Inverses and 'jectivity

From CS2800 wiki

You may have noticed a pattern in the examples above. The injective functions seem to have left inverses, and the surjective functions have right inverses; two-sided inverses seem to be connected with bijectivity. Indeed, there is a connection between 'jectivity and inverses:

example: file formats

Suppose you are writing a program to convert data from one file format to another (or a function to convert one data structure to another). Such a program describes a function [math]f : A \href{/cs2800/wiki/index.php/%5Cto}{\to} B [/math]. You can think of [math]A [/math] as describing the original file format, and [math]B [/math] as describing the new file format.

It is sensible to check that [math]f [/math] is a bijection. The reason a bijection is desirable is because it has a two-sided inverse [math]g [/math] which can be used to convert the file back into the original format.

If [math]f [/math] is not injective, then it is "lossy": some information about the original file is lost.

If [math]f [/math] is not surjective, then the resulting file format has more data than the original. Further edits to the data in the [math]B [/math] format (in other words, functions from [math]B [/math] to [math]B [/math]) may prevent the object from being mapped back to the original file format.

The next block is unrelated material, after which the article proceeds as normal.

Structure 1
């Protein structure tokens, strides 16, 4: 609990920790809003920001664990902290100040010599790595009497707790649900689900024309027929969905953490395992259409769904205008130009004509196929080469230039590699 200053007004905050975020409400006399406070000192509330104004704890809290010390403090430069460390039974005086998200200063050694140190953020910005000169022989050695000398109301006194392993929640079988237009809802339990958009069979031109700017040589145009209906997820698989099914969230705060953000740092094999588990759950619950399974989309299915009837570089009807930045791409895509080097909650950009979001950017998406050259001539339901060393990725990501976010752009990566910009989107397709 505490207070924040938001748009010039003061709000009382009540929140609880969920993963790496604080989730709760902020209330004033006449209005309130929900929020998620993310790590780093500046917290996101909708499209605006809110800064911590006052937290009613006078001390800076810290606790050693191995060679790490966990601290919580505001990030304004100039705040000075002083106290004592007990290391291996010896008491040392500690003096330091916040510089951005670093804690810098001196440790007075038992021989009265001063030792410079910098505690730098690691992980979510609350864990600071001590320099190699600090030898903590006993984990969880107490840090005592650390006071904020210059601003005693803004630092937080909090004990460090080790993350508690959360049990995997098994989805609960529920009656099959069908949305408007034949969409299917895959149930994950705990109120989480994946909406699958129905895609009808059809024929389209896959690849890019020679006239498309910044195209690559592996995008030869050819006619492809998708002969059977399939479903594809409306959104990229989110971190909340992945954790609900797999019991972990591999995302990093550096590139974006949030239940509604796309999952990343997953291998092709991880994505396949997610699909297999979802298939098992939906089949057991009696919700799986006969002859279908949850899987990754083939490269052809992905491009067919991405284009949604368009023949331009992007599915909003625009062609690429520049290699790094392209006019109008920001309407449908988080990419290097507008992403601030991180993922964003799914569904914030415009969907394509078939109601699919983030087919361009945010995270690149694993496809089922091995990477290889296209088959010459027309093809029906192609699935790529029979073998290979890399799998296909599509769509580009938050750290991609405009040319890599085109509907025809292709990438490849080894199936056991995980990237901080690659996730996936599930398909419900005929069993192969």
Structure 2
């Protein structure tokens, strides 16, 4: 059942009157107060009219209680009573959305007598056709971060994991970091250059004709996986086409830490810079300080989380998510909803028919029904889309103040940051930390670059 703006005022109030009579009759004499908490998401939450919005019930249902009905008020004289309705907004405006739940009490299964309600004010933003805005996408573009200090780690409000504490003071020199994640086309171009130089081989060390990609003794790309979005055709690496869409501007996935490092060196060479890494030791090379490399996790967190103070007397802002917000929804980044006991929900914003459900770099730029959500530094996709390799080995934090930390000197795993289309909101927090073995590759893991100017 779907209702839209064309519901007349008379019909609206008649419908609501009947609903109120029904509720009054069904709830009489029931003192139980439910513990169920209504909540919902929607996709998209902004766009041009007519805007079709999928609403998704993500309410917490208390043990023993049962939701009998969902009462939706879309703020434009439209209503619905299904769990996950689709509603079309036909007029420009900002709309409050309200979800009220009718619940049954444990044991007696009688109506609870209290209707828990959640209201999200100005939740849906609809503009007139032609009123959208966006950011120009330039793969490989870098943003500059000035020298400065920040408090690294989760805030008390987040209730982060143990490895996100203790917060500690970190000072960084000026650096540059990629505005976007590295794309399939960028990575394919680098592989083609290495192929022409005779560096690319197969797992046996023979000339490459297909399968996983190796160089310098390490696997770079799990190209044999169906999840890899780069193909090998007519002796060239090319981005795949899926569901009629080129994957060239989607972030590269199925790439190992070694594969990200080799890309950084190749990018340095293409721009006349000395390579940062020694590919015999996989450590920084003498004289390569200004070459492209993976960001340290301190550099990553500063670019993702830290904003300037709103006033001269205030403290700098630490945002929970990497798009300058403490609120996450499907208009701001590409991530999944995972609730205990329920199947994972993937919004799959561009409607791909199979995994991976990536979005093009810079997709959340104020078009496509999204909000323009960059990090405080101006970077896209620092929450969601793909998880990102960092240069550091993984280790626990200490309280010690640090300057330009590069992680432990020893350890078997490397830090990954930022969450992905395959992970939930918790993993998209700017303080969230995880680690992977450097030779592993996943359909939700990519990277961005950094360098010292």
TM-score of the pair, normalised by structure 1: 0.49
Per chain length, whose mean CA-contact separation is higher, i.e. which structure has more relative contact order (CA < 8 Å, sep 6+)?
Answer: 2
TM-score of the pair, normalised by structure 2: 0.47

example: user operations

Many user interfaces can be thought of as a collection of functions that transform a document into another document. For example, let [math]A [/math] be the set of all plain text files. Pressing the 'x' key in a text editor causes an 'x' to be inserted; you can think of this as applying a function [math]f : A \href{/cs2800/wiki/index.php/%5Cto}{\to} A [/math] that takes the document without the 'x' and outputs the document with the 'x'.

If you want to provide an undo/redo capability, then the functions should be bijections. If they are, then their two-sided inverses give the undo operations.

Sometimes you can make a function into a bijection by adding an "undo log": by expanding the set [math]A [/math] you can keep enough history to implement an undo function.